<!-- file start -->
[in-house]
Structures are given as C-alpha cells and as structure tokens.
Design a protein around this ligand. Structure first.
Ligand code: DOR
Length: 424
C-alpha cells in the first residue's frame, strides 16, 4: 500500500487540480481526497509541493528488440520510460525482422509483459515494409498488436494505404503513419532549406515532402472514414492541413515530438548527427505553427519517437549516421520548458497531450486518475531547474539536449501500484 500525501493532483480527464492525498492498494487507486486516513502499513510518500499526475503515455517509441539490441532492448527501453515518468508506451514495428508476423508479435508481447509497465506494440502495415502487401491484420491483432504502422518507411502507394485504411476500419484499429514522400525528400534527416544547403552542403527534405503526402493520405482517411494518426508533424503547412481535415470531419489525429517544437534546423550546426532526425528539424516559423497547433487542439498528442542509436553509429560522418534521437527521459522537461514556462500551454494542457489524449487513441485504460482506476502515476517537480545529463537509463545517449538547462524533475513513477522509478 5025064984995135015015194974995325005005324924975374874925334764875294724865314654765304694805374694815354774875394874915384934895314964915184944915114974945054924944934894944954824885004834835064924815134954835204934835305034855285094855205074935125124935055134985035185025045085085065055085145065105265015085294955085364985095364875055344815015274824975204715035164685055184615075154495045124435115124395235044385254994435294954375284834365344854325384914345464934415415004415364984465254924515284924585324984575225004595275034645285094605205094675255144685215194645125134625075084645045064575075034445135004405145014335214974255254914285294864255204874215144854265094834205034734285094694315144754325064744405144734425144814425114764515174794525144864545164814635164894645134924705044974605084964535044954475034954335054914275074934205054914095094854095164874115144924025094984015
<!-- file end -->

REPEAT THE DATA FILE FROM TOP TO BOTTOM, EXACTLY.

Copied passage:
[in-house]
Structures are given as C-alpha cells and as structure tokens.
Design a protein around this ligand. Structure first.
Ligand code: DOR
Length: 424
C-alpha cells in the first residue's frame, strides 16, 4: 500500500487540480481526497509541493528488440520510460525482422509483459515494409498488436494505404503513419532549406515532402472514414492541413515530438548527427505553427519517437549516421520548458497531450486518475531547474539536449501500484 500525501493532483480527464492525498492498494487507486486516513502499513510518500499526475503515455517509441539490441532492448527501453515518468508506451514495428508476423508479435508481447509497465506494440502495415502487401491484420491483432504502422518507411502507394485504411476500419484499429514522400525528400534527416544547403552542403527534405503526402493520405482517411494518426508533424503547412481535415470531419489525429517544437534546423550546426532526425528539424516559423497547433487542439498528442542509436553509429560522418534521437527521459522537461514556462500551454494542457489524449487513441485504460482506476502515476517537480545529463537509463545517449538547462524533475513513477522509478 5025064984995135015015194974995325005005324924975374874925334764875294724865314654765304694805374694815354774875394874915384934895314964915184944915114974945054924944934894944954824885004834835064924815134954835204934835305034855285094855205074935125124935055134985035185025045085085065055085145065105265015085294955085364985095364875055344815015274824975204715035164685055184615075154495045124435115124395235044385254994435294954375284834365344854325384914345464934415415004415364984465254924515284924585324984575225004595275034645285094605205094675255144685215194645125134625075084645045064575075034445135004405145014335214974255254914285294864255204874215144854265094834205034734285094694315144754325064744405144734425144814425114764515174794525144864545164814635164894645134924705044974605084964535044954475034954335054914275074934205054914095094854095164874115144924025094984015